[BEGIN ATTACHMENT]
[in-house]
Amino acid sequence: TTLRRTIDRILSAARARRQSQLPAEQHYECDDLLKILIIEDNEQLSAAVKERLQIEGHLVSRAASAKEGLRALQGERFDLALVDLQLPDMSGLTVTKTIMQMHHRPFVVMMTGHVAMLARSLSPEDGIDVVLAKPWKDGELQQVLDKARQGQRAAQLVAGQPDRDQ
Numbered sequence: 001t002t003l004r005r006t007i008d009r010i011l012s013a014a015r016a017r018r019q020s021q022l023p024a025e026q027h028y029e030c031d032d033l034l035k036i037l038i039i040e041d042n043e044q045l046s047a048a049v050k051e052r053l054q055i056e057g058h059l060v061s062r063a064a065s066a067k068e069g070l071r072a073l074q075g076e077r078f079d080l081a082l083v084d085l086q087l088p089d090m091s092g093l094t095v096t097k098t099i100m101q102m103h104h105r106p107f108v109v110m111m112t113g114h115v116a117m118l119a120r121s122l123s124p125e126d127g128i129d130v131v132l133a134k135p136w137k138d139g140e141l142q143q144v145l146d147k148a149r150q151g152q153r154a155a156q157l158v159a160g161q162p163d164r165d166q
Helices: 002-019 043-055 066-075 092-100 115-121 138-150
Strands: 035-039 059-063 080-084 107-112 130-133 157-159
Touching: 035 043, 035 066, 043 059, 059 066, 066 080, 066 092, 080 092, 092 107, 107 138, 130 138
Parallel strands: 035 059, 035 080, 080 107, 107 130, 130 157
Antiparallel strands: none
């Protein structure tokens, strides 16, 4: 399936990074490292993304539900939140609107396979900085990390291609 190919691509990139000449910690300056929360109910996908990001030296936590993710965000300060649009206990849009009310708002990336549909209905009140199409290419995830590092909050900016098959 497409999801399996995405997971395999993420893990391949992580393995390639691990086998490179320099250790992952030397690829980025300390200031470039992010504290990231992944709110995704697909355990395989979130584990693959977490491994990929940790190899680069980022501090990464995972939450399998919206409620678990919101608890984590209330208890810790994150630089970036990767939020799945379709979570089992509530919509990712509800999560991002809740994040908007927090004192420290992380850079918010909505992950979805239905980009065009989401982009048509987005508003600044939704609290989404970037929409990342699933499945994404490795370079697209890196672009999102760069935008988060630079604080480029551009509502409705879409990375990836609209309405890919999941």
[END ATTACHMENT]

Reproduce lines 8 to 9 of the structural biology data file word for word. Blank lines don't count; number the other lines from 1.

Antiparallel strands: none
């Protein structure tokens, strides 16, 4: 399936990074490292993304539900939140609107396979900085990390291609 190919691509990139000449910690300056929360109910996908990001030296936590993710965000300060649009206990849009009310708002990336549909209905009140199409290419995830590092909050900016098959 497409999801399996995405997971395999993420893990391949992580393995390639691990086998490179320099250790992952030397690829980025300390200031470039992010504290990231992944709110995704697909355990395989979130584990693959977490491994990929940790190899680069980022501090990464995972939450399998919206409620678990919101608890984590209330208890810790994150630089970036990767939020799945379709979570089992509530919509990712509800999560991002809740994040908007927090004192420290992380850079918010909505992950979805239905980009065009989401982009048509987005508003600044939704609290989404970037929409990342699933499945994404490795370079697209890196672009999102760069935008988060630079604080480029551009509502409705879409990375990836609209309405890919999941």